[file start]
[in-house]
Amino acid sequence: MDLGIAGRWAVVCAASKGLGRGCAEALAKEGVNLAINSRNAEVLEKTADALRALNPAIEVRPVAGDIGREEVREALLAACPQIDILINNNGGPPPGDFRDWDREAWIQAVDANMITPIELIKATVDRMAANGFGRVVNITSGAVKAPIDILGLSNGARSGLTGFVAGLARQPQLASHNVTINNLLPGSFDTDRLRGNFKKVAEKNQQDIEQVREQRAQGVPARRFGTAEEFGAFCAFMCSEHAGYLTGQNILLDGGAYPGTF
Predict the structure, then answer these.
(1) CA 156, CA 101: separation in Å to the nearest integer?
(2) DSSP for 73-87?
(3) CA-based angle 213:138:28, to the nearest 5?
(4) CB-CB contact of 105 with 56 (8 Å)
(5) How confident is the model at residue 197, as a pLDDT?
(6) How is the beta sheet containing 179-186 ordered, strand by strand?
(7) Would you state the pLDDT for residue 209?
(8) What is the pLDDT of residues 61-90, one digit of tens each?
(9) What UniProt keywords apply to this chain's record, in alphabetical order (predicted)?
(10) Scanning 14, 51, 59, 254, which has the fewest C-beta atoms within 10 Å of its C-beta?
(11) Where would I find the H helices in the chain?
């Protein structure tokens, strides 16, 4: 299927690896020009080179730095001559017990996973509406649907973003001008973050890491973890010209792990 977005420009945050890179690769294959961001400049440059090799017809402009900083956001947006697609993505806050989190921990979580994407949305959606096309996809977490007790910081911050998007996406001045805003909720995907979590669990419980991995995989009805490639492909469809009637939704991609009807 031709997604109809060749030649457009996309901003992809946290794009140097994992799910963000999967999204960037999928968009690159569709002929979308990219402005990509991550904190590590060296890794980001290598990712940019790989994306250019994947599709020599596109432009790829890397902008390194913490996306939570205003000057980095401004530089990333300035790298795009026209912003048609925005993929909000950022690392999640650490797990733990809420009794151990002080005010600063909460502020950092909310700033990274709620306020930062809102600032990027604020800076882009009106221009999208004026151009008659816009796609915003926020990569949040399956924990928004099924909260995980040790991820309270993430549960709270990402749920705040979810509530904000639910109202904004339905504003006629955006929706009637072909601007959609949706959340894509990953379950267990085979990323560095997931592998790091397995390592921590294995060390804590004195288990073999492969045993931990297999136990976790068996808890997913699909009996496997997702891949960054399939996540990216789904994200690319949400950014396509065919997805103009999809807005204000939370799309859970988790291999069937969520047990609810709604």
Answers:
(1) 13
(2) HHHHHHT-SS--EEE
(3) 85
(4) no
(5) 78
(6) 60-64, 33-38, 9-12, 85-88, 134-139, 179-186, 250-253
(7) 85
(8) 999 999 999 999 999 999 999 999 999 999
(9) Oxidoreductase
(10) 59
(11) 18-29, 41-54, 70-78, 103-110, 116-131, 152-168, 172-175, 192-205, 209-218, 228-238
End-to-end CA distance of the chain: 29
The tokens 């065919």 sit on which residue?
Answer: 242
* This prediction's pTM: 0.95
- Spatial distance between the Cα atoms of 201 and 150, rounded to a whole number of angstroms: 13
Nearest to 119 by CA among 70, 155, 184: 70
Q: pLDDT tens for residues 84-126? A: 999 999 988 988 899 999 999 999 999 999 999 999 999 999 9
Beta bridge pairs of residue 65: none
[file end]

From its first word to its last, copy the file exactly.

[in-house]
Amino acid sequence: MDLGIAGRWAVVCAASKGLGRGCAEALAKEGVNLAINSRNAEVLEKTADALRALNPAIEVRPVAGDIGREEVREALLAACPQIDILINNNGGPPPGDFRDWDREAWIQAVDANMITPIELIKATVDRMAANGFGRVVNITSGAVKAPIDILGLSNGARSGLTGFVAGLARQPQLASHNVTINNLLPGSFDTDRLRGNFKKVAEKNQQDIEQVREQRAQGVPARRFGTAEEFGAFCAFMCSEHAGYLTGQNILLDGGAYPGTF
Predict the structure, then answer these.
(1) CA 156, CA 101: separation in Å to the nearest integer?
(2) DSSP for 73-87?
(3) CA-based angle 213:138:28, to the nearest 5?
(4) CB-CB contact of 105 with 56 (8 Å)
(5) How confident is the model at residue 197, as a pLDDT?
(6) How is the beta sheet containing 179-186 ordered, strand by strand?
(7) Would you state the pLDDT for residue 209?
(8) What is the pLDDT of residues 61-90, one digit of tens each?
(9) What UniProt keywords apply to this chain's record, in alphabetical order (predicted)?
(10) Scanning 14, 51, 59, 254, which has the fewest C-beta atoms within 10 Å of its C-beta?
(11) Where would I find the H helices in the chain?
């Protein structure tokens, strides 16, 4: 299927690896020009080179730095001559017990996973509406649907973003001008973050890491973890010209792990 977005420009945050890179690769294959961001400049440059090799017809402009900083956001947006697609993505806050989190921990979580994407949305959606096309996809977490007790910081911050998007996406001045805003909720995907979590669990419980991995995989009805490639492909469809009637939704991609009807 031709997604109809060749030649457009996309901003992809946290794009140097994992799910963000999967999204960037999928968009690159569709002929979308990219402005990509991550904190590590060296890794980001290598990712940019790989994306250019994947599709020599596109432009790829890397902008390194913490996306939570205003000057980095401004530089990333300035790298795009026209912003048609925005993929909000950022690392999640650490797990733990809420009794151990002080005010600063909460502020950092909310700033990274709620306020930062809102600032990027604020800076882009009106221009999208004026151009008659816009796609915003926020990569949040399956924990928004099924909260995980040790991820309270993430549960709270990402749920705040979810509530904000639910109202904004339905504003006629955006929706009637072909601007959609949706959340894509990953379950267990085979990323560095997931592998790091397995390592921590294995060390804590004195288990073999492969045993931990297999136990976790068996808890997913699909009996496997997702891949960054399939996540990216789904994200690319949400950014396509065919997805103009999809807005204000939370799309859970988790291999069937969520047990609810709604």
Answers:
(1) 13
(2) HHHHHHT-SS--EEE
(3) 85
(4) no
(5) 78
(6) 60-64, 33-38, 9-12, 85-88, 134-139, 179-186, 250-253
(7) 85
(8) 999 999 999 999 999 999 999 999 999 999
(9) Oxidoreductase
(10) 59
(11) 18-29, 41-54, 70-78, 103-110, 116-131, 152-168, 172-175, 192-205, 209-218, 228-238
End-to-end CA distance of the chain: 29
The tokens 């065919």 sit on which residue?
Answer: 242
* This prediction's pTM: 0.95
- Spatial distance between the Cα atoms of 201 and 150, rounded to a whole number of angstroms: 13
Nearest to 119 by CA among 70, 155, 184: 70
Q: pLDDT tens for residues 84-126? A: 999 999 988 988 899 999 999 999 999 999 999 999 999 999 9
Beta bridge pairs of residue 65: none